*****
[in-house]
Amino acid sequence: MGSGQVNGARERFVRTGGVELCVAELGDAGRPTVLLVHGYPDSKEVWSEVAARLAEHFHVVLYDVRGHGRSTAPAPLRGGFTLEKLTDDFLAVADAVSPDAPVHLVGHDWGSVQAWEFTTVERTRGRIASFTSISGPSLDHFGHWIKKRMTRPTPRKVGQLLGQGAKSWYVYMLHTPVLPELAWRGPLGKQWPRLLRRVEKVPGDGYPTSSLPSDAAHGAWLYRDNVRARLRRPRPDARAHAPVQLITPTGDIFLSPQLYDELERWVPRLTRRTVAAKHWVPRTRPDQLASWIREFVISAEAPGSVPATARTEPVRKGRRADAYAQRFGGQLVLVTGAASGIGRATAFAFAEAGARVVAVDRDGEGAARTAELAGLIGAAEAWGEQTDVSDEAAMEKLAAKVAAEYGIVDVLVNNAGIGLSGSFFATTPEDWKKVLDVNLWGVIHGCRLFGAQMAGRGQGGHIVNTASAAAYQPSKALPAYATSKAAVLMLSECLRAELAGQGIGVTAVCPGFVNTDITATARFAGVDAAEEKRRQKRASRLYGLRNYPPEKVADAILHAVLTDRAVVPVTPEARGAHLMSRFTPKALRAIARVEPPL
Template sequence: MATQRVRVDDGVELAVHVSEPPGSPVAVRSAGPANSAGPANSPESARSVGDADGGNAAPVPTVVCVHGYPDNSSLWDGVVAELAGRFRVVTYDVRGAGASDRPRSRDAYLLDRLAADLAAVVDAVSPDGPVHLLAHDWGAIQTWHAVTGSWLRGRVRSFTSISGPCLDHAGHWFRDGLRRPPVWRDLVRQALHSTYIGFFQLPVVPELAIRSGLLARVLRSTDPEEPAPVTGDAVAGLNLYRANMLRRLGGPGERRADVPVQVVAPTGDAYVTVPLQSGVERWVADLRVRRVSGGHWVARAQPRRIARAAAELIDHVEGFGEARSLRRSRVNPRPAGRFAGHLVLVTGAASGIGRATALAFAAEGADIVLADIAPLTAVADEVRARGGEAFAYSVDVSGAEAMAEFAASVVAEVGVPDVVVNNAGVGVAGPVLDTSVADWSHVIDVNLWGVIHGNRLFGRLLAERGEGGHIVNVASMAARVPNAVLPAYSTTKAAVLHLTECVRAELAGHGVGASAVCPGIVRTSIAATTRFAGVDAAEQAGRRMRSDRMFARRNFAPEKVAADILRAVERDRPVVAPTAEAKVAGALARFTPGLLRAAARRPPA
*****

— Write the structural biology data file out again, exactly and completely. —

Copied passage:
[in-house]
Amino acid sequence: MGSGQVNGARERFVRTGGVELCVAELGDAGRPTVLLVHGYPDSKEVWSEVAARLAEHFHVVLYDVRGHGRSTAPAPLRGGFTLEKLTDDFLAVADAVSPDAPVHLVGHDWGSVQAWEFTTVERTRGRIASFTSISGPSLDHFGHWIKKRMTRPTPRKVGQLLGQGAKSWYVYMLHTPVLPELAWRGPLGKQWPRLLRRVEKVPGDGYPTSSLPSDAAHGAWLYRDNVRARLRRPRPDARAHAPVQLITPTGDIFLSPQLYDELERWVPRLTRRTVAAKHWVPRTRPDQLASWIREFVISAEAPGSVPATARTEPVRKGRRADAYAQRFGGQLVLVTGAASGIGRATAFAFAEAGARVVAVDRDGEGAARTAELAGLIGAAEAWGEQTDVSDEAAMEKLAAKVAAEYGIVDVLVNNAGIGLSGSFFATTPEDWKKVLDVNLWGVIHGCRLFGAQMAGRGQGGHIVNTASAAAYQPSKALPAYATSKAAVLMLSECLRAELAGQGIGVTAVCPGFVNTDITATARFAGVDAAEEKRRQKRASRLYGLRNYPPEKVADAILHAVLTDRAVVPVTPEARGAHLMSRFTPKALRAIARVEPPL
Template sequence: MATQRVRVDDGVELAVHVSEPPGSPVAVRSAGPANSAGPANSPESARSVGDADGGNAAPVPTVVCVHGYPDNSSLWDGVVAELAGRFRVVTYDVRGAGASDRPRSRDAYLLDRLAADLAAVVDAVSPDGPVHLLAHDWGAIQTWHAVTGSWLRGRVRSFTSISGPCLDHAGHWFRDGLRRPPVWRDLVRQALHSTYIGFFQLPVVPELAIRSGLLARVLRSTDPEEPAPVTGDAVAGLNLYRANMLRRLGGPGERRADVPVQVVAPTGDAYVTVPLQSGVERWVADLRVRRVSGGHWVARAQPRRIARAAAELIDHVEGFGEARSLRRSRVNPRPAGRFAGHLVLVTGAASGIGRATALAFAAEGADIVLADIAPLTAVADEVRARGGEAFAYSVDVSGAEAMAEFAASVVAEVGVPDVVVNNAGVGVAGPVLDTSVADWSHVIDVNLWGVIHGNRLFGRLLAERGEGGHIVNVASMAARVPNAVLPAYSTTKAAVLHLTECVRAELAGHGVGASAVCPGIVRTSIAATTRFAGVDAAEQAGRRMRSDRMFARRNFAPEKVAADILRAVERDRPVVAPTAEAKVAGALARFTPGLLRAAARRPPA